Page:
Growing up in a Hmong family taught me the importance of giving back to the community. In the 1970s after the Secret War in Laos, my parents immigrated to America. Their stories of survival encourage me to make the most of every opportunity I have and to invest in future generations. This inspired me to pursue a research project highlighting the need for earlier exposure to genetic counseling by diverse role models within the community.
For my graduate research project, I introduced genetic counseling to approximately 150 8th grade students at the Community School of Excellence, a Hmong charter school in St. Paul, Minnesota. Due to the pandemic, I met with students over Zoom during their science classes. My presentation included information on genetic counseling and a mock session featuring a Hmong family’s experience. Although I wasn’t able to meet the students in person, I still gained two valuable insights.
The importance of representation
As a student, I wasn’t exposed to a variety of career paths and for the careers I was exposed to, the presenters never looked like me. Now that I’ve gained experience, I want to assist students in similar situations. Even if students aren’t specifically interested in genetic counseling, I want them to believe they are capable of pursuing a career of their interest. For smaller communities such as the Hmong community, it can be harder to find and connect with professionals who are of the same ethnicity. Technology offers a platform for students to connect with professionals who look like them.
Our responsibility to invest in the future
As a genetic counselor, I hope to increase awareness of both genetic counseling services in the Hmong community and genetic counseling as a profession. Feedback from students indicated this was their first introduction to the field of genetic counseling. Although many weren’t sure about their future career, as the Happenstance Theory states, we don’t know which encounter will have a future impact on their career decisions (Krumboltz, 2009). While it would have been amazing to hear students say they wanted to become genetic counselors, this was not my primary goal. My goal was to make a connection and be a resource for students who might not have such an exposure.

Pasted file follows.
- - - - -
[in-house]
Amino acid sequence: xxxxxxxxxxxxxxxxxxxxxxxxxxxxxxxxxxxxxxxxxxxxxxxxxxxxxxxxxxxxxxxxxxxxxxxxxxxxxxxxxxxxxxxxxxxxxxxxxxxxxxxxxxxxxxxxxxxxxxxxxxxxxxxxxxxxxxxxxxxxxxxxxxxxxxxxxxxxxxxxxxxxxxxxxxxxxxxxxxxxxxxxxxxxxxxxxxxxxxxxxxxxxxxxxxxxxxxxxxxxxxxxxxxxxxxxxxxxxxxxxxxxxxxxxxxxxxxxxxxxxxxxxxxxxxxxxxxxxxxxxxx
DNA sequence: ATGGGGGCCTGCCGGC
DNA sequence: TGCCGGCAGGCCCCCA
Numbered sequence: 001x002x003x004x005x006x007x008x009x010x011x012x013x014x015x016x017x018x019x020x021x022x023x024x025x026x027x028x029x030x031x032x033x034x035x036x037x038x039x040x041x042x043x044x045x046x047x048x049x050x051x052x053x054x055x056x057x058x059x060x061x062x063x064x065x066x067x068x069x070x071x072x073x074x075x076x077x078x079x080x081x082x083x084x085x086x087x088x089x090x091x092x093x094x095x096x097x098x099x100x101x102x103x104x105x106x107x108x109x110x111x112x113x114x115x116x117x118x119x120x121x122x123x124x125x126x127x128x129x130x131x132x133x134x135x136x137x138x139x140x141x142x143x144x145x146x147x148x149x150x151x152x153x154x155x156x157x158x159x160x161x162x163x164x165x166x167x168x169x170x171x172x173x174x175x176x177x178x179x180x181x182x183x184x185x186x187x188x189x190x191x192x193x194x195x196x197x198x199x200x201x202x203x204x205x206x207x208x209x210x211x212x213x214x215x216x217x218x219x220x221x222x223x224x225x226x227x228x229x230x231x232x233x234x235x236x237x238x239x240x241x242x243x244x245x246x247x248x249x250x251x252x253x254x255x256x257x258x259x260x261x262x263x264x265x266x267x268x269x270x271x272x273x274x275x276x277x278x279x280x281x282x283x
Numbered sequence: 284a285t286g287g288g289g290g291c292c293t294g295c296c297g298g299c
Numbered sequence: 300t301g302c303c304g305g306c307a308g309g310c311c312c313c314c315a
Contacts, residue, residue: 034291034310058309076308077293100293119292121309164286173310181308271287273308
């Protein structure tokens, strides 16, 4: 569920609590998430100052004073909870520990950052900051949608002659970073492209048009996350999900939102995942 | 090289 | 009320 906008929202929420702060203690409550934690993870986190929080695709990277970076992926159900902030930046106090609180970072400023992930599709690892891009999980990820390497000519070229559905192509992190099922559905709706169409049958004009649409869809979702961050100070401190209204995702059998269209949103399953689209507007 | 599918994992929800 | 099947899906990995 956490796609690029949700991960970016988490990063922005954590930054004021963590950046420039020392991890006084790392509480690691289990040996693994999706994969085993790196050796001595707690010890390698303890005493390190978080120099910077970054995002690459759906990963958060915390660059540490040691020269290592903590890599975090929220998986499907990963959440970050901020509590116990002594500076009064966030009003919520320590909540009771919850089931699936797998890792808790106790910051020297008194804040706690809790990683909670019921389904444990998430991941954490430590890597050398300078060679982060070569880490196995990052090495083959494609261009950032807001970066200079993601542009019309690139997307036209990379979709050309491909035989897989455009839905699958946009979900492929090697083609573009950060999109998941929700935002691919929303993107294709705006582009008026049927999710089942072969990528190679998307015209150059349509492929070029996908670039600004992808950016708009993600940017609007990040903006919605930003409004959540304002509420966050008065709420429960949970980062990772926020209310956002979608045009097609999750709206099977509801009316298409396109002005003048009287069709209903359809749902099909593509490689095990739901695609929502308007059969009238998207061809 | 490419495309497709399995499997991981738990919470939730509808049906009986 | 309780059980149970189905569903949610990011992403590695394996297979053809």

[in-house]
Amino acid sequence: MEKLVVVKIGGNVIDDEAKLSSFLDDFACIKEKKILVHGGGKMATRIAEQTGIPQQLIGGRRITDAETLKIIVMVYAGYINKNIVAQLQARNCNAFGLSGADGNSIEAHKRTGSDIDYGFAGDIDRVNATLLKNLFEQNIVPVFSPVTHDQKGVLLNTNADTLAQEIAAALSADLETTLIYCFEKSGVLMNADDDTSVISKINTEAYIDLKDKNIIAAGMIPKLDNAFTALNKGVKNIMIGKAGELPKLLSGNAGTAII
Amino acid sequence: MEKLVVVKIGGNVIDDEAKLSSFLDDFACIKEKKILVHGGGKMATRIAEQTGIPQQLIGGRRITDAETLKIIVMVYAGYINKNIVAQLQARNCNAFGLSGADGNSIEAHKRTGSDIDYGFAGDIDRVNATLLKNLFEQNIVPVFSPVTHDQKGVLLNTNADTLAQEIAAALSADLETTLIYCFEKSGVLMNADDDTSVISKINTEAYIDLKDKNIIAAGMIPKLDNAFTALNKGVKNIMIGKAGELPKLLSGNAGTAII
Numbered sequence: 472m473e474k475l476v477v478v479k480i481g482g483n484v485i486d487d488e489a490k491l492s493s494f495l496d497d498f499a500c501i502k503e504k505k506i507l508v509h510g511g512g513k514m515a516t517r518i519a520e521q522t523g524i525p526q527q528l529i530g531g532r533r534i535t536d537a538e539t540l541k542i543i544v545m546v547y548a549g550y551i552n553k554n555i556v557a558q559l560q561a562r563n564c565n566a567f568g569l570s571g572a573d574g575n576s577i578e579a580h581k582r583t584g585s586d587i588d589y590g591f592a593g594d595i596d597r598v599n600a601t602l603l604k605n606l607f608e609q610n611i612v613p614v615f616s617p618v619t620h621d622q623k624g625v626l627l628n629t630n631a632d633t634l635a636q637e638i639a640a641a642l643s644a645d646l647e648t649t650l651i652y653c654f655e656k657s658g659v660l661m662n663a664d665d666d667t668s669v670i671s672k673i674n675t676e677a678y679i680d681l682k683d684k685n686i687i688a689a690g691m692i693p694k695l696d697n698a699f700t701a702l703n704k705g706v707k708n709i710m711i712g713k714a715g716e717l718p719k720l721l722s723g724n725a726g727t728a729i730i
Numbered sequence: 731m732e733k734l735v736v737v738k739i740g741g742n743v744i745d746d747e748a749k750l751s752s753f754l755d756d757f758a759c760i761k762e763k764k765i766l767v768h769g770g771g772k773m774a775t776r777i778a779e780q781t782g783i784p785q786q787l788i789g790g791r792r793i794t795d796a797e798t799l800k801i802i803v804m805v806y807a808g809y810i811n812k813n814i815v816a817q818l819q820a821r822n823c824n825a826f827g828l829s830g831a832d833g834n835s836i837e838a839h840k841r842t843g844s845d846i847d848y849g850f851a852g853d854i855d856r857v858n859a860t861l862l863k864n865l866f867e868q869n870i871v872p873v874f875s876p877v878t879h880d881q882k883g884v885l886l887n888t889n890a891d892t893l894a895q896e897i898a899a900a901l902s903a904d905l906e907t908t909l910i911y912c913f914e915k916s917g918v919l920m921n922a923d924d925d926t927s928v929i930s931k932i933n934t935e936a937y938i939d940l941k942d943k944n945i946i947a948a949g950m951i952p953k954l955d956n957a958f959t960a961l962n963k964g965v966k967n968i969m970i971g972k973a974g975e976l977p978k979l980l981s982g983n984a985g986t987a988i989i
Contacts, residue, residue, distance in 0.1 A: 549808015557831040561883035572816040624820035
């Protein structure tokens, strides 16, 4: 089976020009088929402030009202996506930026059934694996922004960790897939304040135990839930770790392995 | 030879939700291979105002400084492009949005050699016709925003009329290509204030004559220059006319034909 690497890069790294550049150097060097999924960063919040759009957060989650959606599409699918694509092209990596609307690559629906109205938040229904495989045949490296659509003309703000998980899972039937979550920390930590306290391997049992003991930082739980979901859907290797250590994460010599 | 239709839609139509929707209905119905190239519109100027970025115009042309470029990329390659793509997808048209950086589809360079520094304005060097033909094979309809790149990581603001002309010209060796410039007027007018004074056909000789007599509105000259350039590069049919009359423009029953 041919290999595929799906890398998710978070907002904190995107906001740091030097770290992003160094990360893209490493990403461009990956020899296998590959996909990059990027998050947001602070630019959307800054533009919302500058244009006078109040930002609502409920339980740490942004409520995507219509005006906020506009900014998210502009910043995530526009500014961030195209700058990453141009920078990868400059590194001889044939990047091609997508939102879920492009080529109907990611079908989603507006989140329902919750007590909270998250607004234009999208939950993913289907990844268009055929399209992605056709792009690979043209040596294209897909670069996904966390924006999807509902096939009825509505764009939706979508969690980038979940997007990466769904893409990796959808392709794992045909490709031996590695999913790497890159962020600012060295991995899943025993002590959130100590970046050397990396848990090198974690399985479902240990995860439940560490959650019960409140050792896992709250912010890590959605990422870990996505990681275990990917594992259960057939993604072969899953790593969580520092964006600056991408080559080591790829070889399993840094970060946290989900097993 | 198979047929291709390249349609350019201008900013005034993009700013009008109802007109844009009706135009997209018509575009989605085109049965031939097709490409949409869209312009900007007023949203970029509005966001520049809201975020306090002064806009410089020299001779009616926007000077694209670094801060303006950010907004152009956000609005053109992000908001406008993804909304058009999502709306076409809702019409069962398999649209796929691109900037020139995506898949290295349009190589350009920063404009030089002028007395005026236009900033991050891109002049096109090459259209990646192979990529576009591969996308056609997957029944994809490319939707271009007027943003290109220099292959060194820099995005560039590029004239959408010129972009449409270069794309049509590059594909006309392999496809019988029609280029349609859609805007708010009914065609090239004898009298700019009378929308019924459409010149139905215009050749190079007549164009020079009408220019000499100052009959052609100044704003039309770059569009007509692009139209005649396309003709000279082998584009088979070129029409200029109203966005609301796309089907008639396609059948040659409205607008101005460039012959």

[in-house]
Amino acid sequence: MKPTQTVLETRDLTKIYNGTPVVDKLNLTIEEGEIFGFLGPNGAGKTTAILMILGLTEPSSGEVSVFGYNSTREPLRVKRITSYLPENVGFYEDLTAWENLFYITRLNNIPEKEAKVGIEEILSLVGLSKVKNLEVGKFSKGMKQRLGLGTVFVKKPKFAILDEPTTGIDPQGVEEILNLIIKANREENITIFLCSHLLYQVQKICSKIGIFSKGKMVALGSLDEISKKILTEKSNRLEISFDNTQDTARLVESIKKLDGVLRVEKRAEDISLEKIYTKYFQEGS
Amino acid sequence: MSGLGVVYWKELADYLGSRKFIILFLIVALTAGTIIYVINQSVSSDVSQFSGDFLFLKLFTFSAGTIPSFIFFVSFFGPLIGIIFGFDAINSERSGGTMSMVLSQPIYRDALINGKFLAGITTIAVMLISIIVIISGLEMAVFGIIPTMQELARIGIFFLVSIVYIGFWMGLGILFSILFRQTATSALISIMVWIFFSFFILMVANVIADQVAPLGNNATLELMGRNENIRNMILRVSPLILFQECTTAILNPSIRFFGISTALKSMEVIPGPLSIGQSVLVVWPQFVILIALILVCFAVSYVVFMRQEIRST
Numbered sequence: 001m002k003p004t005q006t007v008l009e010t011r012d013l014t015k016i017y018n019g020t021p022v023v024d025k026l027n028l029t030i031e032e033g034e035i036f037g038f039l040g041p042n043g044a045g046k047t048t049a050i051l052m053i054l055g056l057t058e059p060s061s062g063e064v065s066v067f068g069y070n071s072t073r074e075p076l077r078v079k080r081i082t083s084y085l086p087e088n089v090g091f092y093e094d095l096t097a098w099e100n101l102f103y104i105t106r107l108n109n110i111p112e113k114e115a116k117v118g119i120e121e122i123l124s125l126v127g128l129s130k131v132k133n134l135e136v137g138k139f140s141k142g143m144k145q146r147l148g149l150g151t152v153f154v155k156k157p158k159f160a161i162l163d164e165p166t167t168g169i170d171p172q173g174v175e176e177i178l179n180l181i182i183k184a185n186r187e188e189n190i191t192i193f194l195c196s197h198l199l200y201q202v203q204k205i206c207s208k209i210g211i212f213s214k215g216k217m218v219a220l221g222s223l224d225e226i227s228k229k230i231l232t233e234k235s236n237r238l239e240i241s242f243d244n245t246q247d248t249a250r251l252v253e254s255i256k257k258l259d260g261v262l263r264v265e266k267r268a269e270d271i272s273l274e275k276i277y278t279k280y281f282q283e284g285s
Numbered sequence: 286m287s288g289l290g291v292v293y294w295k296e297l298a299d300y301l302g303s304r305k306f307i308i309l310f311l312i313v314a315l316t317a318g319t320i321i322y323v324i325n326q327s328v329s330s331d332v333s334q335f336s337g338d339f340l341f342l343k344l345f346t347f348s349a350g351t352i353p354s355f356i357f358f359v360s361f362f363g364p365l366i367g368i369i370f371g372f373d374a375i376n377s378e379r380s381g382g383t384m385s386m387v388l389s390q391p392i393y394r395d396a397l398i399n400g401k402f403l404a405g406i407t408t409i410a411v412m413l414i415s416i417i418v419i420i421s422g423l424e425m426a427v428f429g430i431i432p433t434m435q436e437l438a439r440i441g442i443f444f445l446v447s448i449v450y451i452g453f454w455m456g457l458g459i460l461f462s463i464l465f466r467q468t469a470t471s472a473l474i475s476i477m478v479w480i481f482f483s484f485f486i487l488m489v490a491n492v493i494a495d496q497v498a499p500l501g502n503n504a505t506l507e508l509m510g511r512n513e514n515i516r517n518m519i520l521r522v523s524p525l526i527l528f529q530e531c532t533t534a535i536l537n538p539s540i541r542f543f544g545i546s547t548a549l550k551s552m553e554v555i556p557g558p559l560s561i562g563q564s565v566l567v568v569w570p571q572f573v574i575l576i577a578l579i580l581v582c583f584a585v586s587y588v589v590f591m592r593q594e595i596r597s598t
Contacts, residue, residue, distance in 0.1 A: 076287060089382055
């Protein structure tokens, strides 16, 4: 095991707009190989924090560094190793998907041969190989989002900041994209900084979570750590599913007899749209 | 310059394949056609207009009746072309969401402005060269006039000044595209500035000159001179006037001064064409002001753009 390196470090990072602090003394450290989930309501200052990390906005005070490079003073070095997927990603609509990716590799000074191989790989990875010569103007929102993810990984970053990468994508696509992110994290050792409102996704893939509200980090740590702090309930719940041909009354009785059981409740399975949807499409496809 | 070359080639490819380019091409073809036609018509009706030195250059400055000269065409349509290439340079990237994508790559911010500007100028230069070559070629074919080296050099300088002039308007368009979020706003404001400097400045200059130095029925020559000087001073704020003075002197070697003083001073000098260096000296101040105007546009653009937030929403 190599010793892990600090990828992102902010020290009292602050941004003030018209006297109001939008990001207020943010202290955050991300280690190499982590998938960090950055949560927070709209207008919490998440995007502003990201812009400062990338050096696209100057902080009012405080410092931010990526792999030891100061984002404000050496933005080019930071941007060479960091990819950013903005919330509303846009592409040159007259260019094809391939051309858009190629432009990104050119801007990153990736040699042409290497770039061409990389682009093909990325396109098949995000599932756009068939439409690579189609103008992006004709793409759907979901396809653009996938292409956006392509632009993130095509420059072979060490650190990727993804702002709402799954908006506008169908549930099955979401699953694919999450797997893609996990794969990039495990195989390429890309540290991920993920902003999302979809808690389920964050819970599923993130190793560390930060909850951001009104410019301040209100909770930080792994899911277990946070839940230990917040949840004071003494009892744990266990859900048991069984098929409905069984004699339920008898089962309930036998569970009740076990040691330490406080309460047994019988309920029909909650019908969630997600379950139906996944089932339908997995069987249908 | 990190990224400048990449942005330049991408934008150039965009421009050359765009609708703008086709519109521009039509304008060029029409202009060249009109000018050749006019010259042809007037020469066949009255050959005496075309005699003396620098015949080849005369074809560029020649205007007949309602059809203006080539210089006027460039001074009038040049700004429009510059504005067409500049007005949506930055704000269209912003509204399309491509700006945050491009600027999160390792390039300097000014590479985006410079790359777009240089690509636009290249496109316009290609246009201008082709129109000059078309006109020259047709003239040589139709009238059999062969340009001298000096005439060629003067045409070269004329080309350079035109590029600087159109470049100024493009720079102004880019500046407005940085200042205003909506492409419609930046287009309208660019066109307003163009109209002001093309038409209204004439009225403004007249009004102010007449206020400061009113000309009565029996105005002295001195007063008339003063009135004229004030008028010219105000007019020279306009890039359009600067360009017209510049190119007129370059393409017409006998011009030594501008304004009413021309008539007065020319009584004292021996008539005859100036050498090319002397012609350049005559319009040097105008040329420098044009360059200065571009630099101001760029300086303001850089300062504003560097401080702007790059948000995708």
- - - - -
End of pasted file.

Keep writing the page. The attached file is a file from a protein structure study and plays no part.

I want to do for the next generation what past Hmong generations have done for me. The genetic counselors who pioneered this field created a path for current genetic counselors. Now it’s our responsibility to do the same for future generations of genetic counselors. As we think about the future of genetic counseling and the need for a more diverse workforce, let’s utilize our resources and skillsets to start conversations with students who may not be exposed to career paths such as genetic counseling.